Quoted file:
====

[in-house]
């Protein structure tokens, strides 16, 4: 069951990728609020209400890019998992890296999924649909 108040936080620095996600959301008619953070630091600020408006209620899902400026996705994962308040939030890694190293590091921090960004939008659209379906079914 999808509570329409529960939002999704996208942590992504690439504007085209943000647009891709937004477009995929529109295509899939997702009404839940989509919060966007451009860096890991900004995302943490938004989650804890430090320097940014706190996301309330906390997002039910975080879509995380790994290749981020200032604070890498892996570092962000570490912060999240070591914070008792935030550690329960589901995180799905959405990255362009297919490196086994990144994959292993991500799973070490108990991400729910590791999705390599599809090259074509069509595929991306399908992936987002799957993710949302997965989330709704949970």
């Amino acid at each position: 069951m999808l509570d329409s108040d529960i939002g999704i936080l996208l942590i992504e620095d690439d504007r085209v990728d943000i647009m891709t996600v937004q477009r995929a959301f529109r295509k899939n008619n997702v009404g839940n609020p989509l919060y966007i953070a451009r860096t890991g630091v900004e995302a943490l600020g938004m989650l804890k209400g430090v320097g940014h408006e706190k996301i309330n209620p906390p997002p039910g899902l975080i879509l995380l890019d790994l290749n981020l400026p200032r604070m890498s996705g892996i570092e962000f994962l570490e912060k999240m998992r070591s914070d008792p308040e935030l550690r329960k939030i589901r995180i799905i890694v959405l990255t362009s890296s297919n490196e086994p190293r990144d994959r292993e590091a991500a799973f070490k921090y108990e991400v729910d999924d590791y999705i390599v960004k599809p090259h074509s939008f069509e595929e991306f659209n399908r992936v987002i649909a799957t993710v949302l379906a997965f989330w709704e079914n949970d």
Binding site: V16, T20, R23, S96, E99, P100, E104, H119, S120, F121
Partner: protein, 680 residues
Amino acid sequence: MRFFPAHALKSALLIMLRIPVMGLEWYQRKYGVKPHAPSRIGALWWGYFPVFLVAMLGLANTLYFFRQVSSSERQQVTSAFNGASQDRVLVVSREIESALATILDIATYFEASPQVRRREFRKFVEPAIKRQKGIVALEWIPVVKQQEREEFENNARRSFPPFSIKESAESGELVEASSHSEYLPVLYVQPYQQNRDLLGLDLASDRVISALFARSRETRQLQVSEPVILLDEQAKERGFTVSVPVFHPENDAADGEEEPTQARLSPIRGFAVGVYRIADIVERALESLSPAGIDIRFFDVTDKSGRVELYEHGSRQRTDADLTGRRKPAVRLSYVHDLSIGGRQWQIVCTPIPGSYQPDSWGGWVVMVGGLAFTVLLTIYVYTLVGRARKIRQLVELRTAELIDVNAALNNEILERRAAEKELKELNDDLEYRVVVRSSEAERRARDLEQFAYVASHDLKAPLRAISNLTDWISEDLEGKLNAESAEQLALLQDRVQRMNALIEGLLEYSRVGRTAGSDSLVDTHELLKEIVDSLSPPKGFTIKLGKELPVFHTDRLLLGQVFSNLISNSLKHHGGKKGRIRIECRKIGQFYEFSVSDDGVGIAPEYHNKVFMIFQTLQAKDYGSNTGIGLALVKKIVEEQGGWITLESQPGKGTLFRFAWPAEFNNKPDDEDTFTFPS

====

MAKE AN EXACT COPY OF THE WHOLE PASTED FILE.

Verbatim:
[in-house]
């Protein structure tokens, strides 16, 4: 069951990728609020209400890019998992890296999924649909 108040936080620095996600959301008619953070630091600020408006209620899902400026996705994962308040939030890694190293590091921090960004939008659209379906079914 999808509570329409529960939002999704996208942590992504690439504007085209943000647009891709937004477009995929529109295509899939997702009404839940989509919060966007451009860096890991900004995302943490938004989650804890430090320097940014706190996301309330906390997002039910975080879509995380790994290749981020200032604070890498892996570092962000570490912060999240070591914070008792935030550690329960589901995180799905959405990255362009297919490196086994990144994959292993991500799973070490108990991400729910590791999705390599599809090259074509069509595929991306399908992936987002799957993710949302997965989330709704949970």
């Amino acid at each position: 069951m999808l509570d329409s108040d529960i939002g999704i936080l996208l942590i992504e620095d690439d504007r085209v990728d943000i647009m891709t996600v937004q477009r995929a959301f529109r295509k899939n008619n997702v009404g839940n609020p989509l919060y966007i953070a451009r860096t890991g630091v900004e995302a943490l600020g938004m989650l804890k209400g430090v320097g940014h408006e706190k996301i309330n209620p906390p997002p039910g899902l975080i879509l995380l890019d790994l290749n981020l400026p200032r604070m890498s996705g892996i570092e962000f994962l570490e912060k999240m998992r070591s914070d008792p308040e935030l550690r329960k939030i589901r995180i799905i890694v959405l990255t362009s890296s297919n490196e086994p190293r990144d994959r292993e590091a991500a799973f070490k921090y108990e991400v729910d999924d590791y999705i390599v960004k599809p090259h074509s939008f069509e595929e991306f659209n399908r992936v987002i649909a799957t993710v949302l379906a997965f989330w709704e079914n949970d």
Binding site: V16, T20, R23, S96, E99, P100, E104, H119, S120, F121
Partner: protein, 680 residues
Amino acid sequence: MRFFPAHALKSALLIMLRIPVMGLEWYQRKYGVKPHAPSRIGALWWGYFPVFLVAMLGLANTLYFFRQVSSSERQQVTSAFNGASQDRVLVVSREIESALATILDIATYFEASPQVRRREFRKFVEPAIKRQKGIVALEWIPVVKQQEREEFENNARRSFPPFSIKESAESGELVEASSHSEYLPVLYVQPYQQNRDLLGLDLASDRVISALFARSRETRQLQVSEPVILLDEQAKERGFTVSVPVFHPENDAADGEEEPTQARLSPIRGFAVGVYRIADIVERALESLSPAGIDIRFFDVTDKSGRVELYEHGSRQRTDADLTGRRKPAVRLSYVHDLSIGGRQWQIVCTPIPGSYQPDSWGGWVVMVGGLAFTVLLTIYVYTLVGRARKIRQLVELRTAELIDVNAALNNEILERRAAEKELKELNDDLEYRVVVRSSEAERRARDLEQFAYVASHDLKAPLRAISNLTDWISEDLEGKLNAESAEQLALLQDRVQRMNALIEGLLEYSRVGRTAGSDSLVDTHELLKEIVDSLSPPKGFTIKLGKELPVFHTDRLLLGQVFSNLISNSLKHHGGKKGRIRIECRKIGQFYEFSVSDDGVGIAPEYHNKVFMIFQTLQAKDYGSNTGIGLALVKKIVEEQGGWITLESQPGKGTLFRFAWPAEFNNKPDDEDTFTFPS